In January 2018, Badr formed the Fatah Alliance, a political bloc of Iran-backed PMF factions including Kata’ib Hezbollah (KH) and Asaib Ahl al-Haq (AAH) and led by Badr’s Amiri. After Fatah received second place in Iraq’s May 2018 parliamentary elections, a Fatah leader named Karim al-Nuri signaled that the party would not seek to change Iraq’s post-2003 policy of working with both Iran and the United States. In June 2020, Fatah Alliance member Fadhil Fatlawi told Iranian media that the Iraqi parliament was committed to expelling U.S. forces from Iraq.
Hadi al-Amiri leads the Badr Organization’s military and political wings, but his influence extends beyond the group’s confines. Amiri was given command over Iraq’s army and police in Diyala province. An August 2019 assessment of Badr Organization’s main areas of operations placed the group throughout the bulk of Diyala province, from the eastern suburbs of Baghdad to Iran and from Zurbatiyah in the south to Tikrit in the north. Then Iraqi Prime Minister Haider al-Abadi had also reportedly entrusted Amiri with control over the Iraqi Army’s 20th Brigade, according to the brigade’s commander, General Ali al-Wazir. Badr also controls PMF Brigades 1, 3, 4, 5, 9, 10, 16, 21, 22, 23, 24, 27, 30, 52, 55, and 110 and has the allegiance of additional PMF brigades and several Iraqi Army brigades operating in Diyala. One Human Rights Watch employee said that Amiri “is an extremely powerful figure and he’s essentially acting with total impunity now. It’s not really the government leading the militias; it’s the other way around.”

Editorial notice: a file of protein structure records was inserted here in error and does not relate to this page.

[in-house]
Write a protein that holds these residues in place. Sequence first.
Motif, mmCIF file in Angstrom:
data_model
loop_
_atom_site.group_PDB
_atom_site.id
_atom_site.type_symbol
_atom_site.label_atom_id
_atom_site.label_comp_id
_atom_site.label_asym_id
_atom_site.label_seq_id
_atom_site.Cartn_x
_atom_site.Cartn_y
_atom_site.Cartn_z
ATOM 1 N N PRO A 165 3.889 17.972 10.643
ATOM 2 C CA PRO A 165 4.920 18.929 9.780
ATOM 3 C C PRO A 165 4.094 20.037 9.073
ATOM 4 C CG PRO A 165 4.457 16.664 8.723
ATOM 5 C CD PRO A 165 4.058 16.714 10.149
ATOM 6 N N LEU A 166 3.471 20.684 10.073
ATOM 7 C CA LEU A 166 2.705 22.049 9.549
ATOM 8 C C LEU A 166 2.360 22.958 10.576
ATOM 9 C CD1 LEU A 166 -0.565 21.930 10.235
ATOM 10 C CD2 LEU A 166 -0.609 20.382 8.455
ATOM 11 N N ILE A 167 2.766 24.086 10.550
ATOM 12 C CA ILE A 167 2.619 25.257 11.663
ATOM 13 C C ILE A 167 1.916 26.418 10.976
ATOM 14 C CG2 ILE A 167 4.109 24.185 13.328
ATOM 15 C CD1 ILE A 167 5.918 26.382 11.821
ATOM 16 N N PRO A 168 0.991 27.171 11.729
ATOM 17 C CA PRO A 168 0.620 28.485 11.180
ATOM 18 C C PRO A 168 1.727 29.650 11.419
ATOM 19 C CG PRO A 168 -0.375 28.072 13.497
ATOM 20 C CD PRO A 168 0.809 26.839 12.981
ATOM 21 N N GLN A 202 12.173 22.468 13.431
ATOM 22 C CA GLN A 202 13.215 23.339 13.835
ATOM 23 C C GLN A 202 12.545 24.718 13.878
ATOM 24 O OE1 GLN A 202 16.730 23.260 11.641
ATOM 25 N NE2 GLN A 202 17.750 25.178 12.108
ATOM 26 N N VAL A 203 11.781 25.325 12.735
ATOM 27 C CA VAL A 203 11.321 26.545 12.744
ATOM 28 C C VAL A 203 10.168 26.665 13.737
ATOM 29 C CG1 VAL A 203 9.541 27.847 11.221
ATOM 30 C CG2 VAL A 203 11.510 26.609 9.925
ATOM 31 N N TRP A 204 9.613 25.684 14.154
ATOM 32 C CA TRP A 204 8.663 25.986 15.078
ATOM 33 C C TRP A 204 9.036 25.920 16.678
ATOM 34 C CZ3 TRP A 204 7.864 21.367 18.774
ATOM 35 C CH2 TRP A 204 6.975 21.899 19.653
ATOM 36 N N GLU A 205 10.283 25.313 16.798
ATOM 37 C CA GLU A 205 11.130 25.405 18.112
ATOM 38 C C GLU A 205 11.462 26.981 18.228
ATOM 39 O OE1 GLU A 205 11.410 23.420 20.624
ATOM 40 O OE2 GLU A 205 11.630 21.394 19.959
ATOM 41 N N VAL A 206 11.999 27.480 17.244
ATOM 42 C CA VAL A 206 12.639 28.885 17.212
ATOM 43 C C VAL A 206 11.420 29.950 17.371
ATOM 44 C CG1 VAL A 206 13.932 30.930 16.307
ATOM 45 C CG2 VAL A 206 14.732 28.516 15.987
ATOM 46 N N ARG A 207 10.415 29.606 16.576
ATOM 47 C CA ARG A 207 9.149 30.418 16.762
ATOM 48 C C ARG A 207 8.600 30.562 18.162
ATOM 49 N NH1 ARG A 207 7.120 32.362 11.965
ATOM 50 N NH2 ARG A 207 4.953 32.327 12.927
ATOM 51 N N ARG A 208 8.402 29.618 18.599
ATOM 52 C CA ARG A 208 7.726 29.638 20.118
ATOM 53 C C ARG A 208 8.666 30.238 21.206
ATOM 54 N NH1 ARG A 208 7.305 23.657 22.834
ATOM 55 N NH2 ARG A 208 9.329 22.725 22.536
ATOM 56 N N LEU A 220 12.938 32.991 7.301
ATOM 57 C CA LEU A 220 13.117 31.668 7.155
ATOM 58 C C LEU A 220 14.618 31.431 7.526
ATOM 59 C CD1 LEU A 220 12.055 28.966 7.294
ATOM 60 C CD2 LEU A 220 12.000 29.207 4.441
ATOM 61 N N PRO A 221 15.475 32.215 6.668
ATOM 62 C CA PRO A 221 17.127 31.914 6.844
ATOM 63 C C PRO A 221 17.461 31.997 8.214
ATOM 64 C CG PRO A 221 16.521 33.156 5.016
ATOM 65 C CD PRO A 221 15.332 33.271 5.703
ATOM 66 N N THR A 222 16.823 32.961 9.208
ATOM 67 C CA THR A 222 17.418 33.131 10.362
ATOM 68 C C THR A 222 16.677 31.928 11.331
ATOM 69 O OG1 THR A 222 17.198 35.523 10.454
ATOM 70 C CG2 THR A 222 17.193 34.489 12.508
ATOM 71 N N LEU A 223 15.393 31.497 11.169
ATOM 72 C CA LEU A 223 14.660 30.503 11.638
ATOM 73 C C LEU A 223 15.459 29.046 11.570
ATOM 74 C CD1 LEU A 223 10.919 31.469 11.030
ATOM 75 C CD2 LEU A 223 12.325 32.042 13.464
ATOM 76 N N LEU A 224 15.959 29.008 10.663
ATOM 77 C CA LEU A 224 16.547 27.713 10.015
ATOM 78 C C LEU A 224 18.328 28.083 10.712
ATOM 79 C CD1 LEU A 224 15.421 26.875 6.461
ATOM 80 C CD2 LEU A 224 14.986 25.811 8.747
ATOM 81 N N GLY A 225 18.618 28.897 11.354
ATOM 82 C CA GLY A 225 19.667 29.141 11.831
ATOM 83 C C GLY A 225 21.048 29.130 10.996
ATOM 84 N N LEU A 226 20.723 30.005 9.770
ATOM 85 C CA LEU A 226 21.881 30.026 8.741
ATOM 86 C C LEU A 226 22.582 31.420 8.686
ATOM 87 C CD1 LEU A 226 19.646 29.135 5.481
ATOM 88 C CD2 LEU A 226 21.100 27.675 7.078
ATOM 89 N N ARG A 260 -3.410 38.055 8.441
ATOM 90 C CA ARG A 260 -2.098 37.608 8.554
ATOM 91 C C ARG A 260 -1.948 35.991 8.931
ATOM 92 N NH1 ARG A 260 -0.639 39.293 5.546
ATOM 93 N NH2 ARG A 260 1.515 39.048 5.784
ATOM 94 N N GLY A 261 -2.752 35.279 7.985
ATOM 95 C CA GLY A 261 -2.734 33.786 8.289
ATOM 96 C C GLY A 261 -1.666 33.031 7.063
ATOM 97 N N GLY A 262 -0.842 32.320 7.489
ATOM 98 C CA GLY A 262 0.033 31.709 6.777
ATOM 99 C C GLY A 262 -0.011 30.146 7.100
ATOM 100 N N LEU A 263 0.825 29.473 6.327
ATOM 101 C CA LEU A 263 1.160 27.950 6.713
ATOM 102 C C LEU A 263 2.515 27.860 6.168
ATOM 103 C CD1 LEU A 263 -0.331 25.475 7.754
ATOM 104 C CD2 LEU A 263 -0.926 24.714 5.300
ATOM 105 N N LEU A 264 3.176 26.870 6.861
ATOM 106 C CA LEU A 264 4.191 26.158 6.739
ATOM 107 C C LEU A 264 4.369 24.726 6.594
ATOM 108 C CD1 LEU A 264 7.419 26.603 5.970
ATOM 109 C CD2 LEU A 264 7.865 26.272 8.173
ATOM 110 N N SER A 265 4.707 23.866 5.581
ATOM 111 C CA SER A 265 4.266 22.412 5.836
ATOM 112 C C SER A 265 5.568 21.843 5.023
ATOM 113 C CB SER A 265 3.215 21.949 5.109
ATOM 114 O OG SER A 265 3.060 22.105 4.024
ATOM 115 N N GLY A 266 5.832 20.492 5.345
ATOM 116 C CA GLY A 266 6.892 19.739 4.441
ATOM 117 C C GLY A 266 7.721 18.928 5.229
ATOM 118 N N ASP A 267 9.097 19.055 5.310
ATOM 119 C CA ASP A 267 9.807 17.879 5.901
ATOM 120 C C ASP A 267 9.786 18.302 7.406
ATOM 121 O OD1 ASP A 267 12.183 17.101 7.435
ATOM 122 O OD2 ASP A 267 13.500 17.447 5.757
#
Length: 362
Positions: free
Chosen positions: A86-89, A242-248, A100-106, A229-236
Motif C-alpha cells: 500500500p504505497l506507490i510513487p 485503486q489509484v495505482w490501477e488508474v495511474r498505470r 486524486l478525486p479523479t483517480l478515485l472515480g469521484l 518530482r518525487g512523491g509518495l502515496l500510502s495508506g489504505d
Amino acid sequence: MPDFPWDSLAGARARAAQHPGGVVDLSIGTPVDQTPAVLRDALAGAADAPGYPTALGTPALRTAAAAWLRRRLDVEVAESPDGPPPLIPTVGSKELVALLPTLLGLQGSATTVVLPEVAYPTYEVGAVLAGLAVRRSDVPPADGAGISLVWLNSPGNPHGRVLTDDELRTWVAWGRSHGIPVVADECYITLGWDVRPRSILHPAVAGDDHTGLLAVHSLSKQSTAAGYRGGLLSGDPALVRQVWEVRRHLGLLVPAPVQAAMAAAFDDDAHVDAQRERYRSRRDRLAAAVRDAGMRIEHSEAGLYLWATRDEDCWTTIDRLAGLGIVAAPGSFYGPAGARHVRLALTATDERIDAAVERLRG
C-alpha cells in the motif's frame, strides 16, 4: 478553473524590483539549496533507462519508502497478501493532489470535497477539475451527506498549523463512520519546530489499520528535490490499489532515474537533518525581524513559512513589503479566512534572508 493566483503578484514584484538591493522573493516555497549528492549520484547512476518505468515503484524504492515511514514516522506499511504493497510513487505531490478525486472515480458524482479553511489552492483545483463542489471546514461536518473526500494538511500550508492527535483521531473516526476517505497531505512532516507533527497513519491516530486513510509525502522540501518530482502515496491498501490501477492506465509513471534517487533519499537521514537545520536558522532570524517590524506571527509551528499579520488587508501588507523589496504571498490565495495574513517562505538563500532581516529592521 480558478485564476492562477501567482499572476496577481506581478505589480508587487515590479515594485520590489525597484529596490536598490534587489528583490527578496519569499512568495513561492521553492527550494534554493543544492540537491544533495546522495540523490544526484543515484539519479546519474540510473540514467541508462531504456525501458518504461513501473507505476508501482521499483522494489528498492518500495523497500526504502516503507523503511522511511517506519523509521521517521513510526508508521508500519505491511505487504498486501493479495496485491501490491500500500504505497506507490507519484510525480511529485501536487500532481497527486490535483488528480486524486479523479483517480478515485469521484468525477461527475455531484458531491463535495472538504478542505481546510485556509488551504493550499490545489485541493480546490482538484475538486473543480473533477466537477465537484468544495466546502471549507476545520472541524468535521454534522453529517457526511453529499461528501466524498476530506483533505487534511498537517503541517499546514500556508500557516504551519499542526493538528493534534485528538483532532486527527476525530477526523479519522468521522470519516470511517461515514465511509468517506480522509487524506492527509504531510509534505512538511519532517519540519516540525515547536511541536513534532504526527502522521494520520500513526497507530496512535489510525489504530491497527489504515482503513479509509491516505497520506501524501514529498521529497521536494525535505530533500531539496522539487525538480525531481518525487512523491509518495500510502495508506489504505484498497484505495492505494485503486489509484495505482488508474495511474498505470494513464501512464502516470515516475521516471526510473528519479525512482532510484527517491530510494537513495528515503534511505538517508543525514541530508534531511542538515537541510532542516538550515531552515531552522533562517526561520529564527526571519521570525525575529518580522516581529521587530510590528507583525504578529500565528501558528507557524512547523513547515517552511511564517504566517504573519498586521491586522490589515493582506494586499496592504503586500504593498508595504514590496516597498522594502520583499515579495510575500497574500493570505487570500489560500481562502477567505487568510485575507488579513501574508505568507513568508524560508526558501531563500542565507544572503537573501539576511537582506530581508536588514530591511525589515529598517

In his capacity as leader of the Badr Organization’s militia, Amiri claimed that he presented the group’s military plans to Abadi for approval. However, in April 2015, Abadi ordered that all Popular Mobilization Force (PMF) militias, including the Badr Organization, be placed under his office’s direct command.
Although Amiri appeared to act without much Iraqi government oversight, reports suggested he answered to the leader of Iran’s IRGC-Quds Force, Qasem Soleimani. In the 2015 fight to retake Tikrit from ISIS militants, Soleimani “was directing operations on the eastern flank from a village about 55km (35 miles) from Tikrit,” according to a Reuters report. Another Reuters report noted that “Soleimani also directed Iranian-trained Shi’ite militias—including the Badr Brigade.” RAND Corporation analyst Alireza Nader has written that the Badr Organization “appear[s] to be taking direct orders from Tehran.” This assertion is supported by the historic ties between Iran and Badr, which spent the first two decades of its existence as a direct military arm of the Supreme Council for the Islamic Revolution in Iraq and was led by Iranian officers. Amiri has continued working directly alongside the IRGC since returning to Iraq, including working side-by-side with Soleimani during the battle for Mosul. Amiri was photographed outside the U.S. Embassy in Baghdad on December 31, 2019, as protesters threw stones and torched a security post at the embassy, prompting suspicions that he was encouraging the violence. After the attack, U.S. Secretary of State Mike Pompeo called Amiri an Iranian “proxy” aiding terrorists.